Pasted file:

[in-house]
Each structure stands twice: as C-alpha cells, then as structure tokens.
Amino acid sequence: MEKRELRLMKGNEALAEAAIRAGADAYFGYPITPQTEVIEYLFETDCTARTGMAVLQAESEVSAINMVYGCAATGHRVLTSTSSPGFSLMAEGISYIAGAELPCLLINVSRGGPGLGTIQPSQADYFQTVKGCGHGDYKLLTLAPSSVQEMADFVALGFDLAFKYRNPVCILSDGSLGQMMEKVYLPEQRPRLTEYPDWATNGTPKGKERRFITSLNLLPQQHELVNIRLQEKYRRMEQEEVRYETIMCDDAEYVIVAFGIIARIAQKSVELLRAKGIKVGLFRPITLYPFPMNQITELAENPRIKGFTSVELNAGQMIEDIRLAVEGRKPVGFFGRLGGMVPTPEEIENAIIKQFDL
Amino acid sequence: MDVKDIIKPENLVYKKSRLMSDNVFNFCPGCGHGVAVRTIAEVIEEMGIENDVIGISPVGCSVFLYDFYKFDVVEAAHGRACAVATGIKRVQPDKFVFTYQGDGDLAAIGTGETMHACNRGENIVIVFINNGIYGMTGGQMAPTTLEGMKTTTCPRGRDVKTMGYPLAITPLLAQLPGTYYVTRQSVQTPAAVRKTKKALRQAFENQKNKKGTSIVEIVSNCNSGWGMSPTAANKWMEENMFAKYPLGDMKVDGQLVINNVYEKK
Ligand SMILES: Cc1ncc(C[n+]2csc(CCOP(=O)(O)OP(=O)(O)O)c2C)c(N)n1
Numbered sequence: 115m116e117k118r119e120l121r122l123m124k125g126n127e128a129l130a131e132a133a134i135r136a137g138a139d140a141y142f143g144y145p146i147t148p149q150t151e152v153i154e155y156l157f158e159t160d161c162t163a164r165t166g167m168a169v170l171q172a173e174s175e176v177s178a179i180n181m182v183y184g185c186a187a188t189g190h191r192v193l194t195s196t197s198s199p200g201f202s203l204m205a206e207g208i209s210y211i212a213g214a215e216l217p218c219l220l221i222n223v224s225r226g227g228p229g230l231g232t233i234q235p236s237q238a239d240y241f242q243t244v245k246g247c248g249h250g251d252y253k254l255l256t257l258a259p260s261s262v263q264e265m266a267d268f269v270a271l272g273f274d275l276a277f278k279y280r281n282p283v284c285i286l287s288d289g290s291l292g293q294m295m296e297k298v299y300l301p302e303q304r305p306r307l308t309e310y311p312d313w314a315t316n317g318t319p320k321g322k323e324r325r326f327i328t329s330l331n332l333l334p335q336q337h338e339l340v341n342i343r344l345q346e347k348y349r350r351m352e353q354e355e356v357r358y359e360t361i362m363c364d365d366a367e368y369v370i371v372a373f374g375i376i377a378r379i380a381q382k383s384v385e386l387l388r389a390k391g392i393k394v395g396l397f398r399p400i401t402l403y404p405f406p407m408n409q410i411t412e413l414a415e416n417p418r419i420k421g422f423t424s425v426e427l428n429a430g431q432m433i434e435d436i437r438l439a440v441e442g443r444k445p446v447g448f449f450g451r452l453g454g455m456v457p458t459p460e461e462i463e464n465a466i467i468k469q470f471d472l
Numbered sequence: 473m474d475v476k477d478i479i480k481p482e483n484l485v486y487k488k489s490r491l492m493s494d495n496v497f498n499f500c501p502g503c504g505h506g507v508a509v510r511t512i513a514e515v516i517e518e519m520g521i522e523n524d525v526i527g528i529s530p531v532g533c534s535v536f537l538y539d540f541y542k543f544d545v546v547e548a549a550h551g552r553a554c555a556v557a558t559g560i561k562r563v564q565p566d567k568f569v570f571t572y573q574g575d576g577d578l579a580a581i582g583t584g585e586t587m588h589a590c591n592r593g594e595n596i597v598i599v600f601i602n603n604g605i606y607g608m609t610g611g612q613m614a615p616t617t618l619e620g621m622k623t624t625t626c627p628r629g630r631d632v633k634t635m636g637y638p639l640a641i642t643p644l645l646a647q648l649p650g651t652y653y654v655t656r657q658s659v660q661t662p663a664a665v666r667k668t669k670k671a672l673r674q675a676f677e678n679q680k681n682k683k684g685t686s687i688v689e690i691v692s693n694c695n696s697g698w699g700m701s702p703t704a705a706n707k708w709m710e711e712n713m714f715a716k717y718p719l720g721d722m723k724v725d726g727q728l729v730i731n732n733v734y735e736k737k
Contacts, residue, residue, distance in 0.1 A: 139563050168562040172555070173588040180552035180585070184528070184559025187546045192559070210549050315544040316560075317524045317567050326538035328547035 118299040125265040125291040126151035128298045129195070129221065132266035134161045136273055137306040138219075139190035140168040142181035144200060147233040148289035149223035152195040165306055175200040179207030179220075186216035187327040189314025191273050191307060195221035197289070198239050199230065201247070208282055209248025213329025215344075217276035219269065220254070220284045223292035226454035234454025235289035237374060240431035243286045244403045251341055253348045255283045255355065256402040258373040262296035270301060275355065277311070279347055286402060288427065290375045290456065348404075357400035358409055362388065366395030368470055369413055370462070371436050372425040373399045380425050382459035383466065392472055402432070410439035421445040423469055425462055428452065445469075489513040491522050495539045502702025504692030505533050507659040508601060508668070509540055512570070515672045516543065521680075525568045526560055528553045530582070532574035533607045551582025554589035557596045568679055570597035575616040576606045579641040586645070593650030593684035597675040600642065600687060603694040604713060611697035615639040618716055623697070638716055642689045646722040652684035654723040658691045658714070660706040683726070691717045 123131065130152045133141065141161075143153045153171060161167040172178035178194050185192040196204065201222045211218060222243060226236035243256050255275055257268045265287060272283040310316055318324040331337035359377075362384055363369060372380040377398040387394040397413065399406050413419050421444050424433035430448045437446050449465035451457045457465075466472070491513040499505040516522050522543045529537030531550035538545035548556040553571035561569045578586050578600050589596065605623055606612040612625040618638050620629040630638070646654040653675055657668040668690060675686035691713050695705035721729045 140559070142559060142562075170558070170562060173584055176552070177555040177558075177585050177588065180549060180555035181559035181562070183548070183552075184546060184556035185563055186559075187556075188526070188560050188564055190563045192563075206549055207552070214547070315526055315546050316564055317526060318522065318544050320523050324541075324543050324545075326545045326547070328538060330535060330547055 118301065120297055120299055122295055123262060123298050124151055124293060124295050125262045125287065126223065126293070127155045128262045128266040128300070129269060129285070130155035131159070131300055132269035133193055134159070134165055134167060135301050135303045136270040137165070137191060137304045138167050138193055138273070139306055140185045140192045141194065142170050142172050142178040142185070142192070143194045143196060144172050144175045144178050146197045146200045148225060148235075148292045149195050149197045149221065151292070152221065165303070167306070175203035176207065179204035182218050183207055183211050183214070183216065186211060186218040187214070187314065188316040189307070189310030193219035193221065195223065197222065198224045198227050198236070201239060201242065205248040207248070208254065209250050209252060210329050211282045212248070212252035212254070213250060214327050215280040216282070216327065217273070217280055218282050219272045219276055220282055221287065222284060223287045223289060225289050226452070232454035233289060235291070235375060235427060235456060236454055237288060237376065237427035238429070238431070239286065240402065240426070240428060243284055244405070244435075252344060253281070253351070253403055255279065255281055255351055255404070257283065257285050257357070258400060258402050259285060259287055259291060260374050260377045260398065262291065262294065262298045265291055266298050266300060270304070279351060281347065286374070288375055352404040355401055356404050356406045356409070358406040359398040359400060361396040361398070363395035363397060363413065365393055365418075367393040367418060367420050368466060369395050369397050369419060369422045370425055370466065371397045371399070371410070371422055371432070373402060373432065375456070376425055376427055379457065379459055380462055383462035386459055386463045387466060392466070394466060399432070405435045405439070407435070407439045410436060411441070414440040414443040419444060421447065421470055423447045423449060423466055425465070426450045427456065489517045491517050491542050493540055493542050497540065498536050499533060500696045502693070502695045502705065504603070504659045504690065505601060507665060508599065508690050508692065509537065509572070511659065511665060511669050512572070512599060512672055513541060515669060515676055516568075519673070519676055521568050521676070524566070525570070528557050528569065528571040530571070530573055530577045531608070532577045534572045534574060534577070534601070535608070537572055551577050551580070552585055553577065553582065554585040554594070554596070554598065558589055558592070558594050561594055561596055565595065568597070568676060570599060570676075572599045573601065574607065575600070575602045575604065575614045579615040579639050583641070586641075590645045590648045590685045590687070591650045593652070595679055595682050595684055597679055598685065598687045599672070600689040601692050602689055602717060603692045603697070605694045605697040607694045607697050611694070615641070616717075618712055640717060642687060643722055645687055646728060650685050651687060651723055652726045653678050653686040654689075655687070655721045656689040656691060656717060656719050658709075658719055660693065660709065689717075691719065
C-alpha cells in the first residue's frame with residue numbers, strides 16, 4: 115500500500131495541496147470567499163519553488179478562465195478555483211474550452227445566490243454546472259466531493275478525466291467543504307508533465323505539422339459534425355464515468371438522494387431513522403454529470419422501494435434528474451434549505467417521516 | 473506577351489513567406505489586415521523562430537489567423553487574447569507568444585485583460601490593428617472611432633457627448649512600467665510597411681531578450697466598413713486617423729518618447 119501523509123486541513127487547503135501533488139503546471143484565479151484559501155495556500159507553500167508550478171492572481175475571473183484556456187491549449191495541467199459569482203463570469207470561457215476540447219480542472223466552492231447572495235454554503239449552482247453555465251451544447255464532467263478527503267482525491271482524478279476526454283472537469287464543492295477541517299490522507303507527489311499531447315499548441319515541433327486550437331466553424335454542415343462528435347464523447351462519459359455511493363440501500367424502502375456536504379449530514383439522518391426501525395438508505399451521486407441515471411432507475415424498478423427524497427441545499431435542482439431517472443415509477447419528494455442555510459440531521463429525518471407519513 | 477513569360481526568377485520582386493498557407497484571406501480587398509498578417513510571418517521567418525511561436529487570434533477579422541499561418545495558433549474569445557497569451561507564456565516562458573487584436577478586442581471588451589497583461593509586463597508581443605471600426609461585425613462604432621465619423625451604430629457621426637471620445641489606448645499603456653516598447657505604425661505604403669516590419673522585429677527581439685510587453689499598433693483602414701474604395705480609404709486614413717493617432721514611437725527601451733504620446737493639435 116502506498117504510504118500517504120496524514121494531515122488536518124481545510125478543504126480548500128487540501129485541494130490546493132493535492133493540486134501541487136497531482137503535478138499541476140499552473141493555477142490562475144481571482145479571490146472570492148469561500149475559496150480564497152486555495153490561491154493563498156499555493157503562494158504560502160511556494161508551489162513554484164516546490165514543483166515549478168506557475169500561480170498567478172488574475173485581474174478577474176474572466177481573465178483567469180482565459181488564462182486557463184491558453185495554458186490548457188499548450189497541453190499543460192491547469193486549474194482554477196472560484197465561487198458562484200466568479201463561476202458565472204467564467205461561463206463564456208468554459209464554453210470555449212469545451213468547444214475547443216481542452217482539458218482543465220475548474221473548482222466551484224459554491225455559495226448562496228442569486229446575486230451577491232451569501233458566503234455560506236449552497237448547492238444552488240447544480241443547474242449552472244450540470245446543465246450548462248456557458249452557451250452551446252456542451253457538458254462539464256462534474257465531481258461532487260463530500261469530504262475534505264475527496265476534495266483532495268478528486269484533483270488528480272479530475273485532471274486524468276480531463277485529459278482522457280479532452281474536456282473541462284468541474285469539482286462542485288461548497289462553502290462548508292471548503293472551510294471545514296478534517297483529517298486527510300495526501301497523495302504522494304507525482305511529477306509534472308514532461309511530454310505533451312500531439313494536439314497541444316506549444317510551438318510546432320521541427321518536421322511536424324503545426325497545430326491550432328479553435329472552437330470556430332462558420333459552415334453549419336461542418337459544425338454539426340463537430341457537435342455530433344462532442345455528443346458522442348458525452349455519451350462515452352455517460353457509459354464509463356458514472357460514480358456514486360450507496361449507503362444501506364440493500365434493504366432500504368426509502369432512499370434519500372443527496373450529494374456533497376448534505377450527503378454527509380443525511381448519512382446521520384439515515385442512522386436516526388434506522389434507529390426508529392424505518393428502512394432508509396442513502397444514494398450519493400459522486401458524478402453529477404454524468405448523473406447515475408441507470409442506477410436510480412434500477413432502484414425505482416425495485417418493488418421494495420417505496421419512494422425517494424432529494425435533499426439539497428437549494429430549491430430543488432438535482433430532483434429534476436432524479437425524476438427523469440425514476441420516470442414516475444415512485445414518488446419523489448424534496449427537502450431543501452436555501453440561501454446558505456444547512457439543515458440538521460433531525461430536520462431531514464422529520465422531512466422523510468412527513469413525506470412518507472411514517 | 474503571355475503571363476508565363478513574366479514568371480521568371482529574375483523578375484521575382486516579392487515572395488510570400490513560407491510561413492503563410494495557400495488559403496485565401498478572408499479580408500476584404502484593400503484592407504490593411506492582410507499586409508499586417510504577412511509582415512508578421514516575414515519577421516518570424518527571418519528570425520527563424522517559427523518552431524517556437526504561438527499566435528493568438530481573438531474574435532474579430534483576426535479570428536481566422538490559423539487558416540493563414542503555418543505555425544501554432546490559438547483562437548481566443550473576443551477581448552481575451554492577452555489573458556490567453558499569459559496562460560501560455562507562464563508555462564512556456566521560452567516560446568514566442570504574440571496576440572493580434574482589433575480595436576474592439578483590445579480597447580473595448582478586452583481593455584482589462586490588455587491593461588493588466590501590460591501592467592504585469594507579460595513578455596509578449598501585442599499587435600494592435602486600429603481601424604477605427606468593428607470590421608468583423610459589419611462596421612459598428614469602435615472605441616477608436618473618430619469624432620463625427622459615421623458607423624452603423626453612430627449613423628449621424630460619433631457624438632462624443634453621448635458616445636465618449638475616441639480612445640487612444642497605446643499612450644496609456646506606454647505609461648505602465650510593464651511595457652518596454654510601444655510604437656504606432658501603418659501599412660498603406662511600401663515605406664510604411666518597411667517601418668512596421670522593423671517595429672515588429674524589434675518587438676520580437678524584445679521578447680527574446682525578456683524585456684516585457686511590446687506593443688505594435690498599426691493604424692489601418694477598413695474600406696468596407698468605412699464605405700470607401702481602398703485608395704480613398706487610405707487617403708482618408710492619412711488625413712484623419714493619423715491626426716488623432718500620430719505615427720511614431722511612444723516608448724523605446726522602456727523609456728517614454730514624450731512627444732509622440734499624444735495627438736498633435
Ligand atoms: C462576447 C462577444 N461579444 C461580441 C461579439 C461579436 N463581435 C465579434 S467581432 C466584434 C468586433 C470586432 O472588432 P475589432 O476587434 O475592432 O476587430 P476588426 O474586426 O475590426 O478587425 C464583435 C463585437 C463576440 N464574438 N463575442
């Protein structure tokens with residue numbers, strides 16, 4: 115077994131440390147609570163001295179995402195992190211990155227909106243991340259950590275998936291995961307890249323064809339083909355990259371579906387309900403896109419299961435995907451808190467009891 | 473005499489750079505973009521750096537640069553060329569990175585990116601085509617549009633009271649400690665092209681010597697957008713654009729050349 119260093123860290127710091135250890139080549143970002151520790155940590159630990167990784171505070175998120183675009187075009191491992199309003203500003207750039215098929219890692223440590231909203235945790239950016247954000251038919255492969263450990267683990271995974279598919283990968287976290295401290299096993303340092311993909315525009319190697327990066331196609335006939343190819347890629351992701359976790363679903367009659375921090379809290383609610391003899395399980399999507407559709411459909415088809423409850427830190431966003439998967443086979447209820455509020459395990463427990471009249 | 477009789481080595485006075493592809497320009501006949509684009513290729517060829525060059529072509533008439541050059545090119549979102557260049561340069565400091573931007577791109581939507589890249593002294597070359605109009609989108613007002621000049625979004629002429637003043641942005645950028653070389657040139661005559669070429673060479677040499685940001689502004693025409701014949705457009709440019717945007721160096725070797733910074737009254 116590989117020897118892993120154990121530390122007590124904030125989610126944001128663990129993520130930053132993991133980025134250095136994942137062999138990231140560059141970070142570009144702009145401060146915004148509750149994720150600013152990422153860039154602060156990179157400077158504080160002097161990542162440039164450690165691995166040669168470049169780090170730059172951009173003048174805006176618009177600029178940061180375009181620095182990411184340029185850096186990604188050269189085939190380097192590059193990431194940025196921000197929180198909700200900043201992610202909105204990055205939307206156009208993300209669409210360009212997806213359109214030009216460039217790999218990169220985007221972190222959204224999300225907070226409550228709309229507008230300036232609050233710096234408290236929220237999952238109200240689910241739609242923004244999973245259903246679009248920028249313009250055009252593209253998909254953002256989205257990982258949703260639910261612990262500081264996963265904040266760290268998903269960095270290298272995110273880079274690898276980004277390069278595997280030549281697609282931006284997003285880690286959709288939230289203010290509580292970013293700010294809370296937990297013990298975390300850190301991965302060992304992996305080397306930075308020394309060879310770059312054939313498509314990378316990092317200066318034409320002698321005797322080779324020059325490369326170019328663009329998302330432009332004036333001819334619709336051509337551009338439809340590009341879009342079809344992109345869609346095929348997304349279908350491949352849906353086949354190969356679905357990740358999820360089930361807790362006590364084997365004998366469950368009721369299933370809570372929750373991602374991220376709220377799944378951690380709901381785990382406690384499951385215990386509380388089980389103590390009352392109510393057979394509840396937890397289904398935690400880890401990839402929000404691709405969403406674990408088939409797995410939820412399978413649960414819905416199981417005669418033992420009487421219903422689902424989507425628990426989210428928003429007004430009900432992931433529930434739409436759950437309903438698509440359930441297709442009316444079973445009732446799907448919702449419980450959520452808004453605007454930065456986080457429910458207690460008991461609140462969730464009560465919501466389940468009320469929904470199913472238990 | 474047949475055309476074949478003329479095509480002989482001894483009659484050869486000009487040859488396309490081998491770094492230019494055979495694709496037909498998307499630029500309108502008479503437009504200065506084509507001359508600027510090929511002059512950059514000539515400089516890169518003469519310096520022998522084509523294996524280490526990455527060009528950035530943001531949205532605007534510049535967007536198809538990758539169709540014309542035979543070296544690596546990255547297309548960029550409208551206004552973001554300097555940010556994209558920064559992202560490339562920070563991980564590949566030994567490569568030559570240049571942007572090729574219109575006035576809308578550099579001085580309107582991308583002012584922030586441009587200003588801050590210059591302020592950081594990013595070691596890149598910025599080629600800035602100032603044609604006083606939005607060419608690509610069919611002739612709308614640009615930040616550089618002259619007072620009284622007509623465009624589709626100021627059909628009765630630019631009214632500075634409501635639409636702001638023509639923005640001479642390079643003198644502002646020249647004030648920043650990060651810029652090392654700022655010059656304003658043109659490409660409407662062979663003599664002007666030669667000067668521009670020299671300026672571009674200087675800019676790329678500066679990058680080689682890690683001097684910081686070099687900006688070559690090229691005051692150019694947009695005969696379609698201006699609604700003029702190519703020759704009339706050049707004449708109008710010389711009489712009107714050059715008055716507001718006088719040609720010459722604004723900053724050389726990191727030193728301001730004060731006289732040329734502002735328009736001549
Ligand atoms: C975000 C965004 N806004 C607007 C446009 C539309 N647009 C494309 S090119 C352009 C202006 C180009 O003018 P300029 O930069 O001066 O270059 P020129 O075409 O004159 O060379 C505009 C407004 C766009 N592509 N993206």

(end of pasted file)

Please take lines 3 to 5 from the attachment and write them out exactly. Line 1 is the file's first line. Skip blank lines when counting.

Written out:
Amino acid sequence: MEKRELRLMKGNEALAEAAIRAGADAYFGYPITPQTEVIEYLFETDCTARTGMAVLQAESEVSAINMVYGCAATGHRVLTSTSSPGFSLMAEGISYIAGAELPCLLINVSRGGPGLGTIQPSQADYFQTVKGCGHGDYKLLTLAPSSVQEMADFVALGFDLAFKYRNPVCILSDGSLGQMMEKVYLPEQRPRLTEYPDWATNGTPKGKERRFITSLNLLPQQHELVNIRLQEKYRRMEQEEVRYETIMCDDAEYVIVAFGIIARIAQKSVELLRAKGIKVGLFRPITLYPFPMNQITELAENPRIKGFTSVELNAGQMIEDIRLAVEGRKPVGFFGRLGGMVPTPEEIENAIIKQFDL
Amino acid sequence: MDVKDIIKPENLVYKKSRLMSDNVFNFCPGCGHGVAVRTIAEVIEEMGIENDVIGISPVGCSVFLYDFYKFDVVEAAHGRACAVATGIKRVQPDKFVFTYQGDGDLAAIGTGETMHACNRGENIVIVFINNGIYGMTGGQMAPTTLEGMKTTTCPRGRDVKTMGYPLAITPLLAQLPGTYYVTRQSVQTPAAVRKTKKALRQAFENQKNKKGTSIVEIVSNCNSGWGMSPTAANKWMEENMFAKYPLGDMKVDGQLVINNVYEKK
Ligand SMILES: Cc1ncc(C[n+]2csc(CCOP(=O)(O)OP(=O)(O)O)c2C)c(N)n1